The BDA has previously stated dentistry is the only part of the NHS operating on a lower budget than it received in 2010, with no effort made to keep pace with the cost of living or population growth. Prior to the pandemic, real terms net government contributions have fallen by over £650 million since 2010, while patient charge levels have increased by over 40% to plug the gap. Since lockdown the Treasury has lost nearly £600 million from the charges that are increasingly relied upon to fund services in England. While government contributions to dentistry are now at an historically high level (believed to be the highest in history in cash terms), they are as a result of the need to plug the gap caused by a lack of patient charge revenue, caused by the pandemic. It is not money for investment to tackle the recruitment crisis, the backlog of patients or access problems, it is money to cover losses. BDA analysis in Fig.2 shows patient charges have not been a 'contribution' to NHS dentistry, but a substitute for state investment, for years.

figure 3

It shows a clear pattern of dereliction, of not preventing the system from collapsing. The recent investment is nothing but the equivalent of being prescribed antibiotics for a long-standing problem that is worsening, not improving, in the hope of short-term pain relief.

The signs were there pre-pandemic. market analysts LaingBuisson's Dentistry UK Market Report,9 published in January 2019, revealed a market valued at £7.1 billion in 2017-18 - a 0.2% growth in real terms (after taking account of the Consumer Price Index) - and of this, private sector dentistry accounted for £3.6 billion, while NHS spend amounted to £3.5 billion. The report authors warned that the number of adults seen for NHS dentistry services declined for the first time in recent years, with a significant fall in NHS (UDA) activity and total UDAs completed in England not meeting contracted activity because of labour shortages in some areas.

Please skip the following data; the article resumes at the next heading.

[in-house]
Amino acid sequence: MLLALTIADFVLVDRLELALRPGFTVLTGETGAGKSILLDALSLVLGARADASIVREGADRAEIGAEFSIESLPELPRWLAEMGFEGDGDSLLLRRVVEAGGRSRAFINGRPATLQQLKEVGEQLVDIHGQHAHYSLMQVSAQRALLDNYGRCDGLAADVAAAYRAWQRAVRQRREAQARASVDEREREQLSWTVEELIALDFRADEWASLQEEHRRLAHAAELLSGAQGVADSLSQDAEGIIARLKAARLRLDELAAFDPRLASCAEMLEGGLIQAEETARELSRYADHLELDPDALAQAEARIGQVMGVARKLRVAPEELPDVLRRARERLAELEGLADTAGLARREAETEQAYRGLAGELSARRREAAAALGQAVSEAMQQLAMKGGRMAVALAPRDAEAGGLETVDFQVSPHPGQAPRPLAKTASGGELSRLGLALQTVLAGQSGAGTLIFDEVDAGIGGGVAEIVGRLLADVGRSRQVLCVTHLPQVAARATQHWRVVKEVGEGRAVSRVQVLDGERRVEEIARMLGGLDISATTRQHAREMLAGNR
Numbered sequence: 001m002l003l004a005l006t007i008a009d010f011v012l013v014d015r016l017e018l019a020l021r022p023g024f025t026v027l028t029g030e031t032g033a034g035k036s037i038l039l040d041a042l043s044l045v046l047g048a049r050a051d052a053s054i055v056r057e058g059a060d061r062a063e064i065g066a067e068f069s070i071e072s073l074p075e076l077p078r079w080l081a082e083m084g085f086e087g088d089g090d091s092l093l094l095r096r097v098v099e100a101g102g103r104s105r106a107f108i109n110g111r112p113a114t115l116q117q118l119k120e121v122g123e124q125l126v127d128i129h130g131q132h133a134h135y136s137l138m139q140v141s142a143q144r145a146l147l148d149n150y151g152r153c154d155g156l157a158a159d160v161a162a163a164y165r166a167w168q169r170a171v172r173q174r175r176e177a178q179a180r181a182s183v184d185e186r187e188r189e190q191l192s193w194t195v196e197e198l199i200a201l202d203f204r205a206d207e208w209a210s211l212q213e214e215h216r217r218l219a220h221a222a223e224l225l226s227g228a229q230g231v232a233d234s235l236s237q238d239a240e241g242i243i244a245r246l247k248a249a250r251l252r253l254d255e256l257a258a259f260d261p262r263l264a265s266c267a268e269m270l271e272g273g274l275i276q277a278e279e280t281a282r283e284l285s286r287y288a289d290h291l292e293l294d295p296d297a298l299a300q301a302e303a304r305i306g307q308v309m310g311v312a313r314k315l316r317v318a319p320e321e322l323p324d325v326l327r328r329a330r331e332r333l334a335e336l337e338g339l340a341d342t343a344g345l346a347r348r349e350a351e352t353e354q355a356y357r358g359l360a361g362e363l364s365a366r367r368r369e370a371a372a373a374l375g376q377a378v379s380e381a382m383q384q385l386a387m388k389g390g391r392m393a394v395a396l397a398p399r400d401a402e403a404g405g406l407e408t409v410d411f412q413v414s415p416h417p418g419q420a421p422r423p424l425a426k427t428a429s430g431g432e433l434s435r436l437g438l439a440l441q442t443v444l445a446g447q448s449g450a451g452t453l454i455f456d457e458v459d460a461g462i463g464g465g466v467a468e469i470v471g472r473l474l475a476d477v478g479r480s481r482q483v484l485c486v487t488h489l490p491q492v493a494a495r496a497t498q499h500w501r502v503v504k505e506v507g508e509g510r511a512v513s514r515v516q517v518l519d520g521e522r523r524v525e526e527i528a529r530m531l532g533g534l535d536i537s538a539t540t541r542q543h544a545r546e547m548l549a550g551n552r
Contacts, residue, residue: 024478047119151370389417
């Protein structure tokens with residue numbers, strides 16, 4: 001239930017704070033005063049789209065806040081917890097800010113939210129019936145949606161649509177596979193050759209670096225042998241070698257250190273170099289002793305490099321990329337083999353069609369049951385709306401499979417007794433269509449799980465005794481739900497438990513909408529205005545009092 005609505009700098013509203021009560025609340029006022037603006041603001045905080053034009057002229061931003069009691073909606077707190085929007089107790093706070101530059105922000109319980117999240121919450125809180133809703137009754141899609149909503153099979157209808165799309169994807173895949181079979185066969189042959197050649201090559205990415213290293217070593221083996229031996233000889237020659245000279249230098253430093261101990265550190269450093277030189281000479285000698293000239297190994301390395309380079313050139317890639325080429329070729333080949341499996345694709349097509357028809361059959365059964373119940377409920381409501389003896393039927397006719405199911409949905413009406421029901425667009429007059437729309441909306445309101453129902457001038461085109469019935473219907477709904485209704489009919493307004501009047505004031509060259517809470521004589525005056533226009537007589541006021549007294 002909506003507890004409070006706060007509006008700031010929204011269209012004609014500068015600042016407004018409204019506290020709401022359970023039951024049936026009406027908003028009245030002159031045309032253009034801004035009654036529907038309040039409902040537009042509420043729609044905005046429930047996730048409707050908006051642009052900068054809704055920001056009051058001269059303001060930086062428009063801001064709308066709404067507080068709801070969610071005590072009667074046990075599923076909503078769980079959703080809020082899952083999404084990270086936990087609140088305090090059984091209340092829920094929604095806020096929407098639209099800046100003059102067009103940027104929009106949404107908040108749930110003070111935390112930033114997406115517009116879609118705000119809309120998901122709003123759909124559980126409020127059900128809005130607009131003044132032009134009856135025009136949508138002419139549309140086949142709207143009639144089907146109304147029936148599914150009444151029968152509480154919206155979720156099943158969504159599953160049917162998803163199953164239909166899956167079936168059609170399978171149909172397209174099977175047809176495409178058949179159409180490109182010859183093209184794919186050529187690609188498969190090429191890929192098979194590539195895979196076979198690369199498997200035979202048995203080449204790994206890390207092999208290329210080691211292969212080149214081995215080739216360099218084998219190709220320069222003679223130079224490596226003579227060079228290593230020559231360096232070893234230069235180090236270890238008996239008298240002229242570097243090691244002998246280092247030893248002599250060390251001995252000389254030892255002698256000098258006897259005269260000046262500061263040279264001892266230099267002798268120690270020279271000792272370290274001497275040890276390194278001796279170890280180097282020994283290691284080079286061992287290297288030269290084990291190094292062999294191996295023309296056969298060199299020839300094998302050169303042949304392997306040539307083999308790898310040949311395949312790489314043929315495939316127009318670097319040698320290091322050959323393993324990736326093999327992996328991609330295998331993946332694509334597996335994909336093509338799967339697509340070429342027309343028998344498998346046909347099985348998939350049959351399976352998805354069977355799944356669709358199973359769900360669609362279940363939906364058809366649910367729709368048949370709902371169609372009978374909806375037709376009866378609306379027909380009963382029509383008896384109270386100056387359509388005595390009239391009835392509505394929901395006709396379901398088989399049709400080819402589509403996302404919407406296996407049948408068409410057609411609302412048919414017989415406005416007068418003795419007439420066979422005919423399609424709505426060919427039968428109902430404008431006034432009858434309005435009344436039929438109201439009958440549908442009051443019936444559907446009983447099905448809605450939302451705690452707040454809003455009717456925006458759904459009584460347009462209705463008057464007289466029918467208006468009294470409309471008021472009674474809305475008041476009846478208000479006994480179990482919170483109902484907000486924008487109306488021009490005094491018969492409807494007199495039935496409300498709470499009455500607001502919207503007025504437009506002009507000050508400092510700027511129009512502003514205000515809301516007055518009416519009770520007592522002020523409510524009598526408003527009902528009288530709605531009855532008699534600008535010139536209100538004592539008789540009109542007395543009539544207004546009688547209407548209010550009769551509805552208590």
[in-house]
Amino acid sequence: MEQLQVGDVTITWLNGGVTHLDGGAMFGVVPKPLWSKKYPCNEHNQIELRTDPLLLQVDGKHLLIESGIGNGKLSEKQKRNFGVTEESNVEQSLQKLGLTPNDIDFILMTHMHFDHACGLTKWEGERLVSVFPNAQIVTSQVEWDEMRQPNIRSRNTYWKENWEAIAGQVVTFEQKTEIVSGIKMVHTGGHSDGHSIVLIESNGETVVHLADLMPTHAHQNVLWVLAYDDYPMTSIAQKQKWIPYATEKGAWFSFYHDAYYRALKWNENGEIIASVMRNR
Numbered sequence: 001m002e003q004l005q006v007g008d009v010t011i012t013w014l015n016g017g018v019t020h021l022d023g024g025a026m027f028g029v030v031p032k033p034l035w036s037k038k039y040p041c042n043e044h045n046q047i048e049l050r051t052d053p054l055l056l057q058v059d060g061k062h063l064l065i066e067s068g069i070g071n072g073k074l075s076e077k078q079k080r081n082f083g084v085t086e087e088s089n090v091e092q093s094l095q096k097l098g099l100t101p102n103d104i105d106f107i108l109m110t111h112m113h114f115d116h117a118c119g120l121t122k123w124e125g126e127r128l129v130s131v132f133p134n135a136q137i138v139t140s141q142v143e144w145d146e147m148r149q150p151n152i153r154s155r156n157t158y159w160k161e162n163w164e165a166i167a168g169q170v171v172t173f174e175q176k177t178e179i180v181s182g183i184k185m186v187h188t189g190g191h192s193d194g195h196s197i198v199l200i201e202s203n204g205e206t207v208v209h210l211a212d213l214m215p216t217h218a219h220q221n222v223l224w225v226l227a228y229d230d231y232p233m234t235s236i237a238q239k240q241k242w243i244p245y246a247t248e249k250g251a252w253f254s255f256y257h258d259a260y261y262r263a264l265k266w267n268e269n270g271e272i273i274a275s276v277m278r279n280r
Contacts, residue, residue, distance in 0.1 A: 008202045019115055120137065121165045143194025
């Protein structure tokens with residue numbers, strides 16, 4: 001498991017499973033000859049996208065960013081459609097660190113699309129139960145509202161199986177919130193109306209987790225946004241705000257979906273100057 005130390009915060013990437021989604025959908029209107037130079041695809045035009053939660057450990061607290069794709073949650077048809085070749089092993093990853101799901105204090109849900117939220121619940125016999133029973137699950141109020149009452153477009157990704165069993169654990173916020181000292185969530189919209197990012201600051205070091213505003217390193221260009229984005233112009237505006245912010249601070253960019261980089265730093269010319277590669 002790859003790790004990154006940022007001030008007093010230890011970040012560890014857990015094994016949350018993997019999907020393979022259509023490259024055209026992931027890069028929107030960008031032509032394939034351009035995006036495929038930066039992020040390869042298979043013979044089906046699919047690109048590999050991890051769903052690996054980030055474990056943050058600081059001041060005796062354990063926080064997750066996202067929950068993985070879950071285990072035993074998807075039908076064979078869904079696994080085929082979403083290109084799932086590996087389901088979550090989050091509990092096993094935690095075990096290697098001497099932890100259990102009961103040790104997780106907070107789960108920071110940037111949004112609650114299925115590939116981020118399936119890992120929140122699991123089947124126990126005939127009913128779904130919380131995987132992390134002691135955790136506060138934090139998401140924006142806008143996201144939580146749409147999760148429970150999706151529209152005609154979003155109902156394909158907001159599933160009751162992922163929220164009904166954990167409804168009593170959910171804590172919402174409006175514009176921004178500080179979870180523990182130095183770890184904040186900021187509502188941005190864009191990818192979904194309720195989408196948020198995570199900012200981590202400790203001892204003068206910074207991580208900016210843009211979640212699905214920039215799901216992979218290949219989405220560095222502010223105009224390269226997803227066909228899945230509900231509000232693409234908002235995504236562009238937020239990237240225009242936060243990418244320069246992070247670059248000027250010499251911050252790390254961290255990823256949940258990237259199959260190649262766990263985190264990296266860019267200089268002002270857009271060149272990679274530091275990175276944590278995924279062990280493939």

Significantly, there has been a reduction in the number of NHS exempt patients due to a shift in welfare benefits and also a tighter monitoring of exemptions. In addition, fewer higher value treatments were being carried out through the NHS.

The report acknowledged serious recruitment difficulties in some parts of the country where NHS demand was high and said insufficient dentist hours had led to shortfalls in contracted NHS work and patients seen - a point Sir Robert Francis QC said had been made worse in his report during the pandemic. Case in point? During a meeting of West Sussex County Council's Health and Adult Social Care scrutiny committee in January 2022, councillors were informed seven dental practices in West Sussex had given up their NHS contracts since April 2020 - all but two of them as a result of financial reasons. They were informed that funding offered by the NHS was based on information logged in 2004/05, and while the amounts received by each practice had increased since then in-line with national recommendations, some still received more money than others. It prompted James Walsh (Lib Dem, Littlehampton East) to say that access to dentistry, both nationally and in West Sussex, had got 'steadily worse', adding that what we're witnessing was 'privatisation of the dental services by stealth or by the back door'.